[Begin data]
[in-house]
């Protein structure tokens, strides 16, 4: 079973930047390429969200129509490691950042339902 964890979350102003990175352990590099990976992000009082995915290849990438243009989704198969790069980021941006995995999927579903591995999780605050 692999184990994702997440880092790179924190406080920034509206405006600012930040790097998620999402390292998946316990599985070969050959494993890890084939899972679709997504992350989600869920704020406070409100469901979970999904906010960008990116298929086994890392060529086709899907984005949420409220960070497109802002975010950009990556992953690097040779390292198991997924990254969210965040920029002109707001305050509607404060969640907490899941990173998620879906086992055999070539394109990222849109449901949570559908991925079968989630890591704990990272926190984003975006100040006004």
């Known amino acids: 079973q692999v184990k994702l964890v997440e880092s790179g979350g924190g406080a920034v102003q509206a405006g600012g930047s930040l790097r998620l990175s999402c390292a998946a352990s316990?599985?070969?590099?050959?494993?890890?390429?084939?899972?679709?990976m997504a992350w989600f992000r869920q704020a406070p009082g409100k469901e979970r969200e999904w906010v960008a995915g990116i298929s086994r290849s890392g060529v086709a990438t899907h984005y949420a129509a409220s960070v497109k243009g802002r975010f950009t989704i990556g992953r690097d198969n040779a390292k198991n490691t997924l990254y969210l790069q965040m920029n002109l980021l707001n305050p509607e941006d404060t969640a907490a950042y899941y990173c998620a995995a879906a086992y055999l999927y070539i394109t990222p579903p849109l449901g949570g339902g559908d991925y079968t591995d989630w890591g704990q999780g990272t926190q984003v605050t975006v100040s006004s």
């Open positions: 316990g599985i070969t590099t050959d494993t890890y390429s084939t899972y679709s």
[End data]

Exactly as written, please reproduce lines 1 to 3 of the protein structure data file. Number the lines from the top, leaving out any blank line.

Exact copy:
[in-house]
């Protein structure tokens, strides 16, 4: 079973930047390429969200129509490691950042339902 964890979350102003990175352990590099990976992000009082995915290849990438243009989704198969790069980021941006995995999927579903591995999780605050 692999184990994702997440880092790179924190406080920034509206405006600012930040790097998620999402390292998946316990599985070969050959494993890890084939899972679709997504992350989600869920704020406070409100469901979970999904906010960008990116298929086994890392060529086709899907984005949420409220960070497109802002975010950009990556992953690097040779390292198991997924990254969210965040920029002109707001305050509607404060969640907490899941990173998620879906086992055999070539394109990222849109449901949570559908991925079968989630890591704990990272926190984003975006100040006004």
């Known amino acids: 079973q692999v184990k994702l964890v997440e880092s790179g979350g924190g406080a920034v102003q509206a405006g600012g930047s930040l790097r998620l990175s999402c390292a998946a352990s316990?599985?070969?590099?050959?494993?890890?390429?084939?899972?679709?990976m997504a992350w989600f992000r869920q704020a406070p009082g409100k469901e979970r969200e999904w906010v960008a995915g990116i298929s086994r290849s890392g060529v086709a990438t899907h984005y949420a129509a409220s960070v497109k243009g802002r975010f950009t989704i990556g992953r690097d198969n040779a390292k198991n490691t997924l990254y969210l790069q965040m920029n002109l980021l707001n305050p509607e941006d404060t969640a907490a950042y899941y990173c998620a995995a879906a086992y055999l999927y070539i394109t990222p579903p849109l449901g949570g339902g559908d991925y079968t591995d989630w890591g704990q999780g990272t926190q984003v605050t975006v100040s006004s």